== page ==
Poison Ivy

Poison Ivy is well known for its irritant effects. The chemical urushiol activates an allergic response in most people that causes redness and swelling with an itchy feel. In extreme cases, it can even cause death if inhaled. Because it’s an oil, it can be washed off the skin with a strong enough soap and exposure to the chemical can have no reaction if caught fast enough. The chemical exists in the sap of the vine, and so is only released when the plant is damaged.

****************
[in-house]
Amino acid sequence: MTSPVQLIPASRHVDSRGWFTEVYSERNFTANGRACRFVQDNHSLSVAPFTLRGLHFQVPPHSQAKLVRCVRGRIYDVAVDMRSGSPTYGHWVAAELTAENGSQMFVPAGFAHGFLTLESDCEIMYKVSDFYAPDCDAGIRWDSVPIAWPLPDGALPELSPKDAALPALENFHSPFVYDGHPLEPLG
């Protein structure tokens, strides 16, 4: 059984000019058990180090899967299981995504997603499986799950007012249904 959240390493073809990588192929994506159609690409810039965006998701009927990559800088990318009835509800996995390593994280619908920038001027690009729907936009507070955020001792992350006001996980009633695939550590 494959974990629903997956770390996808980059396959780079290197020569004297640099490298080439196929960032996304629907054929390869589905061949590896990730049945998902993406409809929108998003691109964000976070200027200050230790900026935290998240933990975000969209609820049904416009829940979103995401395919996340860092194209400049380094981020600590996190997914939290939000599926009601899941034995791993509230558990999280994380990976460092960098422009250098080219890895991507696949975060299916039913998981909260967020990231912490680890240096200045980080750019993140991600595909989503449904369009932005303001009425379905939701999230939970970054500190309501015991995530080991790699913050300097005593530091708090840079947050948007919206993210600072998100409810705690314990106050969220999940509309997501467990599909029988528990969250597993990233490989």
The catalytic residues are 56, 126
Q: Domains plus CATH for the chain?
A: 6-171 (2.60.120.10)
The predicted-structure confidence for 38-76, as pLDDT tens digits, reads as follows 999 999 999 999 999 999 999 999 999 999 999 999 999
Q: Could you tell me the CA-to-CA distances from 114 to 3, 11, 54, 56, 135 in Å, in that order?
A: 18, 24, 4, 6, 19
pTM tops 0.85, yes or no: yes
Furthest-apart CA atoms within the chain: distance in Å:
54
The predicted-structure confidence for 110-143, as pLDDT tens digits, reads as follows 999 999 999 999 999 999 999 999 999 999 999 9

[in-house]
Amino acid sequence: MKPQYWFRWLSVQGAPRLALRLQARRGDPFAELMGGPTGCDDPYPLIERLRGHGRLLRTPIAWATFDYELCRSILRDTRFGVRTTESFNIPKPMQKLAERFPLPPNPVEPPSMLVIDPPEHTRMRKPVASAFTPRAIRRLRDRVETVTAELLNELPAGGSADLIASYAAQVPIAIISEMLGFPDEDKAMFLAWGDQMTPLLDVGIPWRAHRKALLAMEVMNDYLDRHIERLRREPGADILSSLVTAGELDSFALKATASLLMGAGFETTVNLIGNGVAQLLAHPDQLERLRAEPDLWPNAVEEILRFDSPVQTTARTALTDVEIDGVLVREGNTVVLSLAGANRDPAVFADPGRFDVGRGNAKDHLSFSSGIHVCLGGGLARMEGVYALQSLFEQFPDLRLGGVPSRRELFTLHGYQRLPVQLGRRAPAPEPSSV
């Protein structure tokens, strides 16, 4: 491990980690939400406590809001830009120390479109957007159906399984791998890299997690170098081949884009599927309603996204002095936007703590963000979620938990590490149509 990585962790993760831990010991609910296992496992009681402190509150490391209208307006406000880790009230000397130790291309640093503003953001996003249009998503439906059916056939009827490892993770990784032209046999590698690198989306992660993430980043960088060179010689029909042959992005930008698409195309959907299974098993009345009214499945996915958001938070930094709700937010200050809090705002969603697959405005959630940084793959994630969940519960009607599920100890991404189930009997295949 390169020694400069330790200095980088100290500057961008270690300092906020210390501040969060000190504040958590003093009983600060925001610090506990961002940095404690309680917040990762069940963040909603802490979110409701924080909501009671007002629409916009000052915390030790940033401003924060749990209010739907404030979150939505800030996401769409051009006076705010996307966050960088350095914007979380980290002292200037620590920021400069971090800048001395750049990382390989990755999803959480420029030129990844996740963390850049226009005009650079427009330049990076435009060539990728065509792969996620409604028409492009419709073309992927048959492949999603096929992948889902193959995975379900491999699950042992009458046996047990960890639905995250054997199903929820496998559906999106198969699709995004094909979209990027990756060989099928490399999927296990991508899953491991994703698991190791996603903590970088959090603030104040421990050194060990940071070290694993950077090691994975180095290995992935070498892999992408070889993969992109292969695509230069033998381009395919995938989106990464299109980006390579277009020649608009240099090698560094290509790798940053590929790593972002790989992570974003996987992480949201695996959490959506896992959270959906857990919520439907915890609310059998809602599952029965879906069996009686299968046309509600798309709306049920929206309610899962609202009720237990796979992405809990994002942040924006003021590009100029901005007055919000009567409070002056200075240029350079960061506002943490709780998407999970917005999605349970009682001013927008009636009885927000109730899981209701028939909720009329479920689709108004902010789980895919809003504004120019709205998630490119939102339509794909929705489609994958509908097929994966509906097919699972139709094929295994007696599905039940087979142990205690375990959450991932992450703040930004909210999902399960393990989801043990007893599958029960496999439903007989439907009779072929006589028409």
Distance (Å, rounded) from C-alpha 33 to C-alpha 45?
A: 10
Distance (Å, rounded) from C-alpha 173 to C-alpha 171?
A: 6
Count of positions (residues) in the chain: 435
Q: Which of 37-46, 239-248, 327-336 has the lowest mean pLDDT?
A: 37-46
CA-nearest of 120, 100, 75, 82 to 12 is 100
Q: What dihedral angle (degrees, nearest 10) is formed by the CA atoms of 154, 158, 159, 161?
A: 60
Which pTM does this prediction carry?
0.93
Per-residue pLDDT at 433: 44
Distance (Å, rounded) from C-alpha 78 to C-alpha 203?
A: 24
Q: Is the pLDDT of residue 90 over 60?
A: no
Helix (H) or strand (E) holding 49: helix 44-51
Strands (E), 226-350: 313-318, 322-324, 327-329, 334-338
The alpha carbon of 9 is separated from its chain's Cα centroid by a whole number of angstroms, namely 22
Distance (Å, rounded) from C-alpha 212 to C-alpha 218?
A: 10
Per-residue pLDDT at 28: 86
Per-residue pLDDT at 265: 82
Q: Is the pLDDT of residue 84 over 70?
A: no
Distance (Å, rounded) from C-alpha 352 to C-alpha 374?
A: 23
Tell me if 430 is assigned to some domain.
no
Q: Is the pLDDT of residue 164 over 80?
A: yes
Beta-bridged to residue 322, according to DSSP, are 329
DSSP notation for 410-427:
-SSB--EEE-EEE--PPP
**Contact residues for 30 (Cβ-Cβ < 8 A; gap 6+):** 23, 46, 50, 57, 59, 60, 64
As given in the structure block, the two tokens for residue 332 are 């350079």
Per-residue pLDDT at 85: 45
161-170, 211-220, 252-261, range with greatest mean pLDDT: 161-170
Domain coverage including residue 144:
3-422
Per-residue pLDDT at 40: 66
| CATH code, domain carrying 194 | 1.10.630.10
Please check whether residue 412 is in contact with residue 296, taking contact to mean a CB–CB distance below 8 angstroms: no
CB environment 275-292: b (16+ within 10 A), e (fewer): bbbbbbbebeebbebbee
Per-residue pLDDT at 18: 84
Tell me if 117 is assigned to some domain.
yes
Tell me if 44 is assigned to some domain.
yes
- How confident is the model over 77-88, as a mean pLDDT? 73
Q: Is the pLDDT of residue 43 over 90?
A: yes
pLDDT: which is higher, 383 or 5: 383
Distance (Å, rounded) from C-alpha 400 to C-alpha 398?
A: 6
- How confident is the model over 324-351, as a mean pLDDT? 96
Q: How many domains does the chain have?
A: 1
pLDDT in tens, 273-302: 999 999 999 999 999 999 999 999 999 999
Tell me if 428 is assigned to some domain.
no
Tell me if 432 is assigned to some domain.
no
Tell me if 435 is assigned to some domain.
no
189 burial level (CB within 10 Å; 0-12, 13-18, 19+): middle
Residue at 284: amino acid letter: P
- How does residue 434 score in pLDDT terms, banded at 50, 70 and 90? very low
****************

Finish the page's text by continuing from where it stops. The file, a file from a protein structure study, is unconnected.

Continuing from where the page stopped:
From an ecological standpoint, Poison Ivy acts as a parasite. It climbs trees and sends roots from the vine into the bark of the tree. Through this tactic, it steals water and nutrients from the tree it is climbing. It does provide berries that feed some wildlife, but the vine occupies a controversial status among naturalists. Its degree of irritation makes it reviled by anyone who has been exposed to it and its parasitic effects bring it no love among arborists. However, it is a native species to North America and does fill an ecological role.

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